Legal community reacts to Kamloops residential school tragedy

Returning missing children is key step toward reconciliation, says CBA’s first Indigenous president

Legal community reacts to Kamloops residential school tragedy
Law deans expressed support for Indigenous law students, faculty, staff

The Canadian Bar Association and Canadian law schools have issued statements regarding the discovery of the remains of 215 children buried at the grounds of the former Kamloops Indian Residential School in B.C. on May 27.

“The physical, sexual and emotional abuse of children forced to attend church-run Indian Residential Schools across Canada – as well as the assimilationist governmental policies that the schools supported – has had a traumatic impact on generations of Indigenous Canadians,” said Brad Regehr, the Canadian Bar Association’s first Indigenous president and the grandson of a residential school survivor.

According to Regehr’s statement, the association joined with those mourning the victims and their families and communities, called on the federal government and on churches to fully implement the Truth and Reconciliation Commission’s Calls to Action 71 to 76 that tackle the issue of missing children and unmarked burials and expressed its own commitment to advancing these Calls to Action, given that finding and returning these missing children is a crucial step toward reconciliation with and healing for Indigenous communities.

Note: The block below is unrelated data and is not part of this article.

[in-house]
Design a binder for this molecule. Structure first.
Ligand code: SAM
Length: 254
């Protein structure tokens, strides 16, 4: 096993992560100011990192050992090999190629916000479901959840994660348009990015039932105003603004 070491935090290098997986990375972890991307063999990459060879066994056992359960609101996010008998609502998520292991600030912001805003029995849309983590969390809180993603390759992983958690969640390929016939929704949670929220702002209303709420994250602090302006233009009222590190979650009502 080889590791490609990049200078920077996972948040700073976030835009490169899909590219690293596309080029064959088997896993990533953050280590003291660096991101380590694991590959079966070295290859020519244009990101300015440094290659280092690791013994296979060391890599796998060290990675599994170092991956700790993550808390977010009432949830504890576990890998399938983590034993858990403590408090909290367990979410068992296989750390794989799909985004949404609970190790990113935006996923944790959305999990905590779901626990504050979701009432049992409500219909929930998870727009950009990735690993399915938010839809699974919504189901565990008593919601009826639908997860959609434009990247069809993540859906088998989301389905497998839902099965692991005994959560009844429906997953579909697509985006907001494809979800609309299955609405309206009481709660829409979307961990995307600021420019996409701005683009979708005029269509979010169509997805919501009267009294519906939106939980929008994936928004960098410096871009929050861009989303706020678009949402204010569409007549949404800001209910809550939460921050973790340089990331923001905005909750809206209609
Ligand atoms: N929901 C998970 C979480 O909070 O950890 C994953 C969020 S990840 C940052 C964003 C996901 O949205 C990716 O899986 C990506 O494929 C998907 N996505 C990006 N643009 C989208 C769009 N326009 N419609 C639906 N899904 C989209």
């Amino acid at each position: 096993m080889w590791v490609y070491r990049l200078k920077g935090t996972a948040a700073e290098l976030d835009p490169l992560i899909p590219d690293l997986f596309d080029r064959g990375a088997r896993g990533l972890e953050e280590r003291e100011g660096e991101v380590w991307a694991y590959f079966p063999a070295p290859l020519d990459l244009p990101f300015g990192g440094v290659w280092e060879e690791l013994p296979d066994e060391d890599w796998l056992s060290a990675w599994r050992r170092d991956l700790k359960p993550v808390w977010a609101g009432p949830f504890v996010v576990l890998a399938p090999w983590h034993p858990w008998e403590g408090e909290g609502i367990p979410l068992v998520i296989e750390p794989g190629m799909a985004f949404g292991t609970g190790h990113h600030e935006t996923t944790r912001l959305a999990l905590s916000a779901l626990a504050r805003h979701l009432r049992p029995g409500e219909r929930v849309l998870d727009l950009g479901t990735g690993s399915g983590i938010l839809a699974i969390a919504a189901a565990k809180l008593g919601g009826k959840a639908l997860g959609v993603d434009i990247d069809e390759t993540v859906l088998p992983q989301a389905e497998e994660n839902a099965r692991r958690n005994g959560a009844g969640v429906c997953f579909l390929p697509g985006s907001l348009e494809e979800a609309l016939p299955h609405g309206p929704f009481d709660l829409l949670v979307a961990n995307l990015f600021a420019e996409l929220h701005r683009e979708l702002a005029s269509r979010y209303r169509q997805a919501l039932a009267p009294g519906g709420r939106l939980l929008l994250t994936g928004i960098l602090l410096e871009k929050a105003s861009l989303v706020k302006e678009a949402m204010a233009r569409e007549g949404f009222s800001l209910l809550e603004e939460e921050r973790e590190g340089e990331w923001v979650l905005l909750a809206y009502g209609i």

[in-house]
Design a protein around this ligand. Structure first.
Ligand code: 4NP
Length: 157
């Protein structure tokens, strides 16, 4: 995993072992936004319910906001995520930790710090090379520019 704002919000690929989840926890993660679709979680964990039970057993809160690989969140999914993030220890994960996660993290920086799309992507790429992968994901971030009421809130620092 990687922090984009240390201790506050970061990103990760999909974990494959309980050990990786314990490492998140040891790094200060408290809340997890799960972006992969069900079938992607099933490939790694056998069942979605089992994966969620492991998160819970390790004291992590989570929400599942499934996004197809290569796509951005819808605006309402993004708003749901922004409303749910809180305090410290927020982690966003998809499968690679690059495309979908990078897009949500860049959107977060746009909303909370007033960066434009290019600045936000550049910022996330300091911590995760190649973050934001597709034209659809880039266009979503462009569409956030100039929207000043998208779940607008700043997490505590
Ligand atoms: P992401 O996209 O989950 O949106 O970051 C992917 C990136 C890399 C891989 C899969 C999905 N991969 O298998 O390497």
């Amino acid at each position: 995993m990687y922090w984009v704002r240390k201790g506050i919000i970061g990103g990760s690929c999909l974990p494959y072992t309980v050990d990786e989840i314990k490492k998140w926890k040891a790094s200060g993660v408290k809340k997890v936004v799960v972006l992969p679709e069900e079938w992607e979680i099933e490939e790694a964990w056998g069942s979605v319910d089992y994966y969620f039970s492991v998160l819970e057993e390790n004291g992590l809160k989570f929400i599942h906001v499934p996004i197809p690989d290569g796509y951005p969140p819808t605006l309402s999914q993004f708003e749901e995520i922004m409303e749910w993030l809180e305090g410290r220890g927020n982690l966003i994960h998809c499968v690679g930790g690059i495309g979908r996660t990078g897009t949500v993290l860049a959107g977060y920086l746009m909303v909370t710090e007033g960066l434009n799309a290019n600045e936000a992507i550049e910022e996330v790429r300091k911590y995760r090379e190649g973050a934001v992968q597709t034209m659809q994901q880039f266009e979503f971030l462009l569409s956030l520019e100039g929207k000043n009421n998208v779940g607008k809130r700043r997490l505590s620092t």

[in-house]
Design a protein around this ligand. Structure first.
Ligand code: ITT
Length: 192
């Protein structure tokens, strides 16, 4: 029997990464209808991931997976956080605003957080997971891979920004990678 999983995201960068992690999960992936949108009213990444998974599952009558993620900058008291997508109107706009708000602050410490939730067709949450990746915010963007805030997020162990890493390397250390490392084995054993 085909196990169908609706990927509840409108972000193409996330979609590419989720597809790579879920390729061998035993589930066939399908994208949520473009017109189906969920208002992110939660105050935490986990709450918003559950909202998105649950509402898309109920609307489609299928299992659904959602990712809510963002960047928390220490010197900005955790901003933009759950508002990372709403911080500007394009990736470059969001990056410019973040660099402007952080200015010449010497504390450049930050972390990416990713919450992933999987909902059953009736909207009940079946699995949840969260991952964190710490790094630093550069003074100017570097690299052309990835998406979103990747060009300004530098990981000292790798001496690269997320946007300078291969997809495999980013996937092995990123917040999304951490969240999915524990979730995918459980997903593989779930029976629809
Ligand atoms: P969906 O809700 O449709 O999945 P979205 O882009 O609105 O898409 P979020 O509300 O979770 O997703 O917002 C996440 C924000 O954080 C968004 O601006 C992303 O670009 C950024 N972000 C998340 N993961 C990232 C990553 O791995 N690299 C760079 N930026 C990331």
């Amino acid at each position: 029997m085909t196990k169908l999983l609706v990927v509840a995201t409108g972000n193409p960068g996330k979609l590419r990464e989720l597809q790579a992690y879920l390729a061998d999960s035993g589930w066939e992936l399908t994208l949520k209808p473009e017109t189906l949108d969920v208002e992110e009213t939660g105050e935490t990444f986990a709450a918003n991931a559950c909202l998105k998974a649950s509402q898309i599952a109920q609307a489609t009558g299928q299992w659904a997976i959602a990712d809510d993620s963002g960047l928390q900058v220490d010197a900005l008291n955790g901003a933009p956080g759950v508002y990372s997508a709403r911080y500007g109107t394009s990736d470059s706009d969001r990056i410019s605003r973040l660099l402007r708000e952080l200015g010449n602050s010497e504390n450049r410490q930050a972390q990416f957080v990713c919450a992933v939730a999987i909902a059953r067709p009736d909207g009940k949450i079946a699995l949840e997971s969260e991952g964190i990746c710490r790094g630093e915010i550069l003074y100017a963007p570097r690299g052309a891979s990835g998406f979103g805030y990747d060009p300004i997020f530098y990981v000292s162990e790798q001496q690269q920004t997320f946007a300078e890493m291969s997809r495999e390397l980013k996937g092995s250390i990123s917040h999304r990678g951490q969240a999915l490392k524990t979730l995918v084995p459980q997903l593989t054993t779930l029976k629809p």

The Canadian Council of Law Deans issued a statement lamenting the lack of official documentation of these deaths; extended sympathies to Rosanne Casimir, chief of Tk’emlúps te Secwepemc First Nation, and to the other First Nations most impacted by this news; declared its solidarity with First Nations in B.C. and in Canada; and expressed its support for Indigenous students, faculty and staff at the law schools.

The member law schools reiterated their commitment to reconciliation and to their efforts to respond to the Truth and Reconciliation Commission’s recommendations 28 and 50 in its final report.

“As teachers and researchers, it is imperative that we continue to contribute to the work of truth-telling, to fight against discrimination, and create spaces for discussion and action within our programs and in our research activities,” said the council’s statement.

From 1890 to 1969, the Roman Catholic Church ran the Kamloops Indian Residential School, which was one of the biggest Canadian residential schools, while from 1970 to 1978, B.C. operated it as a day school, said Janine Benedet, dean pro tem at the University of British Columbia’s Peter A. Allard School of Law, in a statement. The university’s Indian Residential School History and Dialogue Centre, among others, has documented the abuses that occurred within these institutions.

Benedet said that the residential schools system, which was in place due to legislation and government policy, directly implicates Canada’s legal system and lawyers. She suggested that law students can continue to learn about how the residential schools system and colonial laws have impacted Indigenous peoples and Indigenous legal orders.

“At Allard Law we support efforts to rebuild Indigenous legal orders and will continue to place an emphasis on this important work,” said Benedet in the statement.

Amnesty International called on Canada to pass Bill C-15, under which the present and future governments need to work collaboratively with Indigenous peoples to develop a national implementation plan, and to align federal legislation with the requirements of the United Nations Declaration on the Rights of Indigenous Peoples.

“Bill C-15 is an important foundation for confronting colonialism and addressing the urgent needs of Indigenous peoples and communities,” said Amnesty International’s statement.

Here are other relevant statements released by Canadian law schools:

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